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Midnight Express

Midnight Express
The recent passing of director Alan Parker motivated my long overdue first re-watch of the movie that cemented his position as one of Hollywood's most gifted and underrated directors. 1978's Midnight Express is a chilling and emotionally charged look at how a couple of stupid choices completely destroyed the life of a young college student. Those who have issues with the American justice system will definitely be quieted by this often unbelievable story.

On October 6, 1970 a young man named Billy Hayes attempted to smuggle two kilos of hashish out of Istanbul. but is caught just before he boards the plane for the states with his girlfriend. Billy is actually offered freedom by Turkish authorities if he agrees to lead them to the people who sold him the drugs. Billy agrees to do so, but during the sting, he attempts to escape and ends up being recaptured, which leads to him being sentenced to four and a half years behind Turkish bars, a consistent nightmare of beatings, torture, isolation, and loneliness.

Oliver Stone won an Oscar for his screenplay, adapted from Hayes book, which actually condenses a lot of what happened to Hayes, but still gets the point across...that point being that an American convicted of a crime outside of the United States, Turkey in particular, has absolutely no recourse but to serve his time. Apparently, the US State Department attempted to have Billy's sentencing transferred to the US but to no avail. After serving two years of his sentence, the real Billy Hayes was transferred to a psychiatric hospital to see if he could get released on humanitarian grounds, but that wasn't happening. And as his sentence rolls down to 53 days, Billy is thrown the ultimate curve ball and knows that escape is his only option.

Parker's atmospheric direction is the real star here...beautifully creating the isolation and futility of Billy's situation. In reviews of other films, I've complained about scenes where characters don't speak English and no subtitles are provided, but it really works to this film's advantage....there are several moments where Billy is thrown in front of a bunch of people deciding his fate and he has no idea what they're saying...from the initial strip search at the airport to his first meeting with the judge to his final sentencing. It's heartbreaking watching Billy's fate being determined before his eyes but without his comprehension of what's going on. There are even a couple of squirm worthy moments where officials are actually laughing. There's also one corrections officer at the prison who, at moments, seems to comprehend English, but never speaks it, but we're never really sure.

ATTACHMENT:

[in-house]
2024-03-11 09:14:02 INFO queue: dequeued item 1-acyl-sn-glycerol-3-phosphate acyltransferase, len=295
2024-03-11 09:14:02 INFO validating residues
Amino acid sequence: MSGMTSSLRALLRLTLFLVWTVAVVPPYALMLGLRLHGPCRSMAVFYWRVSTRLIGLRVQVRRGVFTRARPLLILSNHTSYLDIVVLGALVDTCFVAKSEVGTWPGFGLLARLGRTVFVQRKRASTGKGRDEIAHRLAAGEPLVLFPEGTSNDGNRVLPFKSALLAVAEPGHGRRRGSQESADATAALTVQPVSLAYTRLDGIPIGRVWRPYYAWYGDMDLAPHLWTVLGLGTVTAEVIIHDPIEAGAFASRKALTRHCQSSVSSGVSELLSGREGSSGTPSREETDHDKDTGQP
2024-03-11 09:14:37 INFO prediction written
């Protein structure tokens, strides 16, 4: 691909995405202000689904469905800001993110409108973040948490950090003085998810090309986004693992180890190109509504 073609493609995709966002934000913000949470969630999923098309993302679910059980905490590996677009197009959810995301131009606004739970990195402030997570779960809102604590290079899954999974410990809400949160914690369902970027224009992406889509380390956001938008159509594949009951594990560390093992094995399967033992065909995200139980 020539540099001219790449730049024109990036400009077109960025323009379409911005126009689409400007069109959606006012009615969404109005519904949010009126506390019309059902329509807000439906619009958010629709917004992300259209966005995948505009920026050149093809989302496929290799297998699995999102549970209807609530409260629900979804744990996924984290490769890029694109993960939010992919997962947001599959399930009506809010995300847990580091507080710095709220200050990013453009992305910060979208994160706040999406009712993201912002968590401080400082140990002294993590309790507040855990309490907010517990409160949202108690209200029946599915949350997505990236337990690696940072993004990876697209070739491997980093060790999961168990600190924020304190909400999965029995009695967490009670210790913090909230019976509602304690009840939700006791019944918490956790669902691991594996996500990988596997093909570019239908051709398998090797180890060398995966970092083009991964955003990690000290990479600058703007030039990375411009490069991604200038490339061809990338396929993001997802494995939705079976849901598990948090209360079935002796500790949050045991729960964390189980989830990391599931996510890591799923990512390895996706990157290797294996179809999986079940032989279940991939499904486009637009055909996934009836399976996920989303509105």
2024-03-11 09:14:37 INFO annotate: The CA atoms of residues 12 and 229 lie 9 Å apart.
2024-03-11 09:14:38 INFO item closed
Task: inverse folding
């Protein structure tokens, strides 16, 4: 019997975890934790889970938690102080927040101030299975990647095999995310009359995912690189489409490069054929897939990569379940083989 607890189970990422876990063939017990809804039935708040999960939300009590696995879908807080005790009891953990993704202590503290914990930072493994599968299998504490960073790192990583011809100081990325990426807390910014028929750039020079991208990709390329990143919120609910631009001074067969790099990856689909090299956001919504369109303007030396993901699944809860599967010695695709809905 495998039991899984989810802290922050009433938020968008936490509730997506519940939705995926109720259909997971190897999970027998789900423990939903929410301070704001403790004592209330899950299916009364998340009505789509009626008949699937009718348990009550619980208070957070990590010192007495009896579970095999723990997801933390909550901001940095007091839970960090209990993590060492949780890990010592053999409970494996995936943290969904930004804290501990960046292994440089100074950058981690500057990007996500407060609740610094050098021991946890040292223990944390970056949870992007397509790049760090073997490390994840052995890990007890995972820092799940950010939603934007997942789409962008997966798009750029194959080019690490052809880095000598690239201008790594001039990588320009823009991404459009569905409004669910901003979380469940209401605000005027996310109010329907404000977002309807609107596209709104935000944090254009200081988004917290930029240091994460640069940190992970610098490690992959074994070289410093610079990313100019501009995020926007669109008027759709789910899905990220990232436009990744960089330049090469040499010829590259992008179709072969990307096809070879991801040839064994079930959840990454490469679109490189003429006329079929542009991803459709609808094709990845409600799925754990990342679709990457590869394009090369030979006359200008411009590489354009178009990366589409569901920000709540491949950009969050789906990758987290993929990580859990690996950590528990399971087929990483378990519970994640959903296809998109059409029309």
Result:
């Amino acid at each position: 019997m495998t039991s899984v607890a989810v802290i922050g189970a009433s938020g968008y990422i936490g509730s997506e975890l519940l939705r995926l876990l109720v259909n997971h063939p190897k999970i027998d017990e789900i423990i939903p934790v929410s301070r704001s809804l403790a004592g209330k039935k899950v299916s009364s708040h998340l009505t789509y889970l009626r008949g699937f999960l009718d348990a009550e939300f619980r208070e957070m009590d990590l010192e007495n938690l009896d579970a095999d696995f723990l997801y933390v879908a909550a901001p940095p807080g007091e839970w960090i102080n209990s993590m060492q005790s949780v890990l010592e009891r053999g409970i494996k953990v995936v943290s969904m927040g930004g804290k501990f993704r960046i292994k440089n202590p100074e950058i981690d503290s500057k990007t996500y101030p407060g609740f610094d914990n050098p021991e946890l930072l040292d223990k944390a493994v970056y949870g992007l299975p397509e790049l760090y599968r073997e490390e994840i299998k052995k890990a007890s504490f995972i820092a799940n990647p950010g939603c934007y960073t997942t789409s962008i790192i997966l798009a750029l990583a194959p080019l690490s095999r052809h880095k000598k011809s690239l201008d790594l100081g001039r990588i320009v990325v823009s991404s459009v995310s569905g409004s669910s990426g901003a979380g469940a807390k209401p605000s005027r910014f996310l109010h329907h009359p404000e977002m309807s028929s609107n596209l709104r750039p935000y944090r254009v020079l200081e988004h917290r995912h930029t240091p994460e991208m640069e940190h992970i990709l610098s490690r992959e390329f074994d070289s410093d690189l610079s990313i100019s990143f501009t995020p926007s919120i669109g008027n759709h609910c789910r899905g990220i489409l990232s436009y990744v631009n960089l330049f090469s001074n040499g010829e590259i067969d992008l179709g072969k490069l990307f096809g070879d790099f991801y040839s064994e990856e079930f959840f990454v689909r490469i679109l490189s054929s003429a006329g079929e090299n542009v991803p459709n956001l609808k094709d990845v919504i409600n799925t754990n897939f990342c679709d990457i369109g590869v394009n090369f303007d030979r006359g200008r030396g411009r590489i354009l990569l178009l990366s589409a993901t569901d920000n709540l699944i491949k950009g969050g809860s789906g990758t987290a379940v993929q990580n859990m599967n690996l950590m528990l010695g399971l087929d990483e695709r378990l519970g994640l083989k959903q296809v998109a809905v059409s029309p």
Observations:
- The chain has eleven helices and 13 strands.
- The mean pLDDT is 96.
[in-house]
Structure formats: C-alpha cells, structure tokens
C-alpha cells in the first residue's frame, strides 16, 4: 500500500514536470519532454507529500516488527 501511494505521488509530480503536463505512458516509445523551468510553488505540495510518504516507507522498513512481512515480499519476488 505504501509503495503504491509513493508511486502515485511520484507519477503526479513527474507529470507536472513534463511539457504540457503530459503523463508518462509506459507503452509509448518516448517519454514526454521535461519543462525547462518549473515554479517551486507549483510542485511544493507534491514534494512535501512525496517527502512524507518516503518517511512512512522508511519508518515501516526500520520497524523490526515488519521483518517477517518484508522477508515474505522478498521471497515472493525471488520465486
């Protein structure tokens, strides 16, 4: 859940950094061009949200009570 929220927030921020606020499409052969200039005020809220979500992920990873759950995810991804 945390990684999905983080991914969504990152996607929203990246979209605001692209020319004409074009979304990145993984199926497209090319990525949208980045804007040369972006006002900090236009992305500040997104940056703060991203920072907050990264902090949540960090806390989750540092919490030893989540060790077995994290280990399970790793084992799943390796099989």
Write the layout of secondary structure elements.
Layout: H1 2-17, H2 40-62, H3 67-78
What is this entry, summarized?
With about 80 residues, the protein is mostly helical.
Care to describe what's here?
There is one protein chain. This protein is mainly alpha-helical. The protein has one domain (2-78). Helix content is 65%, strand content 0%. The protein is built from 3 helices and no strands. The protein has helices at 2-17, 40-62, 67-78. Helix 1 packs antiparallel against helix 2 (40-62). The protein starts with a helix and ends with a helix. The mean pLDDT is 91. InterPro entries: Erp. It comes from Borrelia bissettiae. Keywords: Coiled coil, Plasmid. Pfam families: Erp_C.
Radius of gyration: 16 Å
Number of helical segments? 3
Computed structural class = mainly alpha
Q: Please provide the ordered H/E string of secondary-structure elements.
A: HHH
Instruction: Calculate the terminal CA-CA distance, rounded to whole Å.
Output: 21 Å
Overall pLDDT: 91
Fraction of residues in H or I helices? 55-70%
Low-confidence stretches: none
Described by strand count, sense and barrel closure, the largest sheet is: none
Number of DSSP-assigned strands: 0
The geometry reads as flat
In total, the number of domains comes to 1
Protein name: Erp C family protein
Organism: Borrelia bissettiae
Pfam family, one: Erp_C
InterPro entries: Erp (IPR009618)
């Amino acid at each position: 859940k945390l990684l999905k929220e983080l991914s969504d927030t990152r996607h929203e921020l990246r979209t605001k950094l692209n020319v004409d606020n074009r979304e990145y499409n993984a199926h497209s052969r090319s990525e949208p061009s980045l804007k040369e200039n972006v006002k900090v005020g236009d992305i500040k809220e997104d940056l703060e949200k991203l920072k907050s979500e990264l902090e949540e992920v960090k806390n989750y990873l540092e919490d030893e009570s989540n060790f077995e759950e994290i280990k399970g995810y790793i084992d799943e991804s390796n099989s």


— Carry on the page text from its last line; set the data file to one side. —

The scenes between Billy and his father were among the strongest scenes in the drama. Loved the beginning of that scene where Billy's dad has his head on the desk waiting for Billy to be brought in and when he hears the gates open and his head pops up, it's so clear that this man has been through hell, spending the last couple of weeks crying and not sleeping and terrified about his son's fates.

After a few years of working in television, the late Brad Davis made an impressive film debut as the tortured William Hayes. The late John Hurt received his first Oscar nomination for Best Supporting for his Max, a prisoner for seven years who self soothes with a self-concocted narcotic. Mike Kellin's heartbreaking performance as Billy's dad was also Oscar worthy. Giorgio Moroder's haunting music score also earned an Oscar. Another true story turned into a compelling entertainment by a gifted director.